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I believe you meant "ciasteczko" and "ciasteczka", and if so, then the first one is singular and the second plural, indeed.
They might mean that there are 2 answers, ciasteczka and ciastka? I didn't know about the 2nd one.
Oh. Well, people who created this skill decided to go with the word "ciasteczko" for a cookie (which for me seems strange as it is diminutive, I'd definitely go with "ciastko"), but if they did, then I guess we should keep the starred answers this way. Therefore, "ciastka" shouldn't probably be a starred answer, as it wasn't taught... it will just be an accepted answer now.
I would gladly explain, if only I knew what two ways of spelling are you talking about exactly.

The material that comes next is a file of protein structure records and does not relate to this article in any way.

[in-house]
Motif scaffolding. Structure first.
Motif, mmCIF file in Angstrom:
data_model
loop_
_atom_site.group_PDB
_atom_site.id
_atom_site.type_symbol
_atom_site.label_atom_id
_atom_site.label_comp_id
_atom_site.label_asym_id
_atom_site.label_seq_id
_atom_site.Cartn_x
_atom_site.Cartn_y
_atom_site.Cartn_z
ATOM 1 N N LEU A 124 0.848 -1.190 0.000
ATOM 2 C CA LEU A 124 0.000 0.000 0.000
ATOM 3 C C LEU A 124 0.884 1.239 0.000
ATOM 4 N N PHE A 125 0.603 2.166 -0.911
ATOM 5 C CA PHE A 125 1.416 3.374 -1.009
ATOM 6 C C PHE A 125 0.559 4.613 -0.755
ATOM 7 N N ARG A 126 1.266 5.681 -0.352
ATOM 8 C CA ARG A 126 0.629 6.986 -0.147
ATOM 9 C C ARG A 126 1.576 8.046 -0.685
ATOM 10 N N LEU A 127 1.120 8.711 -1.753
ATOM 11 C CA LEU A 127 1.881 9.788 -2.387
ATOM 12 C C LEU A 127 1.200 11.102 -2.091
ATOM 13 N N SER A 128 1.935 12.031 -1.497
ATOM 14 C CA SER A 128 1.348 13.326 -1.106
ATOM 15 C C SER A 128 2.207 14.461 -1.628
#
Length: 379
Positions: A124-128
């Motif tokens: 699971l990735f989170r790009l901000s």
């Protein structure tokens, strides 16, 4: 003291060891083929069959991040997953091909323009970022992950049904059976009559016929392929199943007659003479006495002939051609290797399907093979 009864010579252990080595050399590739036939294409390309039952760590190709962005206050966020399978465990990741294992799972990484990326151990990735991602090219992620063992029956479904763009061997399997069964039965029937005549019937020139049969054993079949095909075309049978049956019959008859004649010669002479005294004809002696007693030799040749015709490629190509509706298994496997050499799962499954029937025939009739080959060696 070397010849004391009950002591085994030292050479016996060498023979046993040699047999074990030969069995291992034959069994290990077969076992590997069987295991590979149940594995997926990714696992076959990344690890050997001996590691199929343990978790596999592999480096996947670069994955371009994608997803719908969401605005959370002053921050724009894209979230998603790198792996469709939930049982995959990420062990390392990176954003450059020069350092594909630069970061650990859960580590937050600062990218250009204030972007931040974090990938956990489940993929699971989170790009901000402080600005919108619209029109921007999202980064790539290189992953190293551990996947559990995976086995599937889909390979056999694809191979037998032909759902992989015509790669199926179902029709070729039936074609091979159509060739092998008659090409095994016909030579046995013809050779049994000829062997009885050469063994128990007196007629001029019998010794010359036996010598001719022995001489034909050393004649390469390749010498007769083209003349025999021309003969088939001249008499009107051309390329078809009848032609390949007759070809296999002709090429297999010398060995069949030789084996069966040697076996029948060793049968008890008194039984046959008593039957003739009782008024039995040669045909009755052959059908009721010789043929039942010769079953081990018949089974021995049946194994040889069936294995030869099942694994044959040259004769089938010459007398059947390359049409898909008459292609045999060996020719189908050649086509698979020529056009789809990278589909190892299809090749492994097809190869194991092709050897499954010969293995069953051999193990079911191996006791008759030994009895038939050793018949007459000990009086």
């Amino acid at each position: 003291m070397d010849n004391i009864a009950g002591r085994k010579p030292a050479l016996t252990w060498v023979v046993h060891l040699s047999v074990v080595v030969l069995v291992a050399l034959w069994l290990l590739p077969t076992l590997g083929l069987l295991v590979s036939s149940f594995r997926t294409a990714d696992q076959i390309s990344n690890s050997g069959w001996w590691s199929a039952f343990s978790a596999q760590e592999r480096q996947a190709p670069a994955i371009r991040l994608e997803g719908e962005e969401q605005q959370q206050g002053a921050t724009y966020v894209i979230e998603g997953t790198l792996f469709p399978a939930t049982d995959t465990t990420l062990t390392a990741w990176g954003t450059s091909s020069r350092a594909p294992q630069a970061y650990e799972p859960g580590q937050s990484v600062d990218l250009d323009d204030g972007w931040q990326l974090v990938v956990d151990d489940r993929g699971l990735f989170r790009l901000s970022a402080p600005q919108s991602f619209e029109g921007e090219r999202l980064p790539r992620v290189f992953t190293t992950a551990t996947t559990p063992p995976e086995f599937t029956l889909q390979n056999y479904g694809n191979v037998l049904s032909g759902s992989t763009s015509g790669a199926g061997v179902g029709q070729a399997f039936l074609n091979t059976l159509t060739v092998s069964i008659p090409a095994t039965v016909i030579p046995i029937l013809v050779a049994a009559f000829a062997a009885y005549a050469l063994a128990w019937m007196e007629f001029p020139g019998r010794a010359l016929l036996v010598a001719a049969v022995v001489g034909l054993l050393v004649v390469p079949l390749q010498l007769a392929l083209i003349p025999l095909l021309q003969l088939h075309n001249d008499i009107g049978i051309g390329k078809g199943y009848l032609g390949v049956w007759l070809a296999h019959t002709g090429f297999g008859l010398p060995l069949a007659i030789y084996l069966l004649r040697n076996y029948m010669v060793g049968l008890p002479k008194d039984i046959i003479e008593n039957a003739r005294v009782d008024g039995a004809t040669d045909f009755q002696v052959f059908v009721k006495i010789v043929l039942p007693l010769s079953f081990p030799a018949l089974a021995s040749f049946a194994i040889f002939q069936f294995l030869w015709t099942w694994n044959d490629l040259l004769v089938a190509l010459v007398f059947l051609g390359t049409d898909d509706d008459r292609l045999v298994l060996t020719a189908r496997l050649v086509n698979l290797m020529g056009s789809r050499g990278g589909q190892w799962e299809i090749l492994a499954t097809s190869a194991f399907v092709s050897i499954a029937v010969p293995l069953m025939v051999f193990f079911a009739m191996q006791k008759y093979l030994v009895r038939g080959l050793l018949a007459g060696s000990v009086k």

This word wasn't taught. How can we be expected to learn it before this point?
get it wrong, then see the right answer, then remember it... or just click the word to see it..
I think that is the point, you learn through context and exposure, not classroom repetition
Well, the first sound is the most difficult. It is a palatalized c (English tz/ts), something not present in English. The rest simply goes: a-stech-ka. If you cannot pronounce this ć/ci sound, the closest will be ch: cha-stech-ka. Better this than nothing. And with time, you will learn to perceive and pronounce the palatalized sounds better.
Both mean the same. But in fact, "ciasteczka" is a diminutive of "ciastka".
The team that has created this course decided to teach "ciasteczka", which the current team considers to be a rather surprising decision, we would prefer to teach "ciastka".